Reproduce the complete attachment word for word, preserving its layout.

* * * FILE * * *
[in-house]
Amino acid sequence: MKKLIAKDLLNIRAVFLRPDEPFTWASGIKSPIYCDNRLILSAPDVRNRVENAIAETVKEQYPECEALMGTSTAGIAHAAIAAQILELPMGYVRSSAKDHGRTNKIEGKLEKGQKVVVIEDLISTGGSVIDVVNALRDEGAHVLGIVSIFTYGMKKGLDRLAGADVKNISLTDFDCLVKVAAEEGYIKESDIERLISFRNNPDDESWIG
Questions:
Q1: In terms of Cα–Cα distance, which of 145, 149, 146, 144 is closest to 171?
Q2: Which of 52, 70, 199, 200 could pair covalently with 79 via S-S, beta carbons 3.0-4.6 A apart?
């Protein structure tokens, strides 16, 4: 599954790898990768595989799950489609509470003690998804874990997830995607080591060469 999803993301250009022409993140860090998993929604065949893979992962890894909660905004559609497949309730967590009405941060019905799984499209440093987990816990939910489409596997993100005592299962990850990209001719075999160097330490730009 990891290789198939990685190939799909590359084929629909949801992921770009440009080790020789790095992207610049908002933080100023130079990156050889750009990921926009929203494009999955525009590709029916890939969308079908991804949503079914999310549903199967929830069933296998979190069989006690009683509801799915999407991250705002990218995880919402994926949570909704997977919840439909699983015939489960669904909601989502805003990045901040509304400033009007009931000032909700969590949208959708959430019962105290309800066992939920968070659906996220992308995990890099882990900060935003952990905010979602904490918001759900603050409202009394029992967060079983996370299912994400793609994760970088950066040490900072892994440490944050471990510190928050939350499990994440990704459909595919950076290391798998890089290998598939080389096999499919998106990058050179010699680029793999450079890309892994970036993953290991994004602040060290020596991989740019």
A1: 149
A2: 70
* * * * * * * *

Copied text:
[in-house]
Amino acid sequence: MKKLIAKDLLNIRAVFLRPDEPFTWASGIKSPIYCDNRLILSAPDVRNRVENAIAETVKEQYPECEALMGTSTAGIAHAAIAAQILELPMGYVRSSAKDHGRTNKIEGKLEKGQKVVVIEDLISTGGSVIDVVNALRDEGAHVLGIVSIFTYGMKKGLDRLAGADVKNISLTDFDCLVKVAAEEGYIKESDIERLISFRNNPDDESWIG
Questions:
Q1: In terms of Cα–Cα distance, which of 145, 149, 146, 144 is closest to 171?
Q2: Which of 52, 70, 199, 200 could pair covalently with 79 via S-S, beta carbons 3.0-4.6 A apart?
């Protein structure tokens, strides 16, 4: 599954790898990768595989799950489609509470003690998804874990997830995607080591060469 999803993301250009022409993140860090998993929604065949893979992962890894909660905004559609497949309730967590009405941060019905799984499209440093987990816990939910489409596997993100005592299962990850990209001719075999160097330490730009 990891290789198939990685190939799909590359084929629909949801992921770009440009080790020789790095992207610049908002933080100023130079990156050889750009990921926009929203494009999955525009590709029916890939969308079908991804949503079914999310549903199967929830069933296998979190069989006690009683509801799915999407991250705002990218995880919402994926949570909704997977919840439909699983015939489960669904909601989502805003990045901040509304400033009007009931000032909700969590949208959708959430019962105290309800066992939920968070659906996220992308995990890099882990900060935003952990905010979602904490918001759900603050409202009394029992967060079983996370299912994400793609994760970088950066040490900072892994440490944050471990510190928050939350499990994440990704459909595919950076290391798998890089290998598939080389096999499919998106990058050179010699680029793999450079890309892994970036993953290991994004602040060290020596991989740019």
A1: 149
A2: 70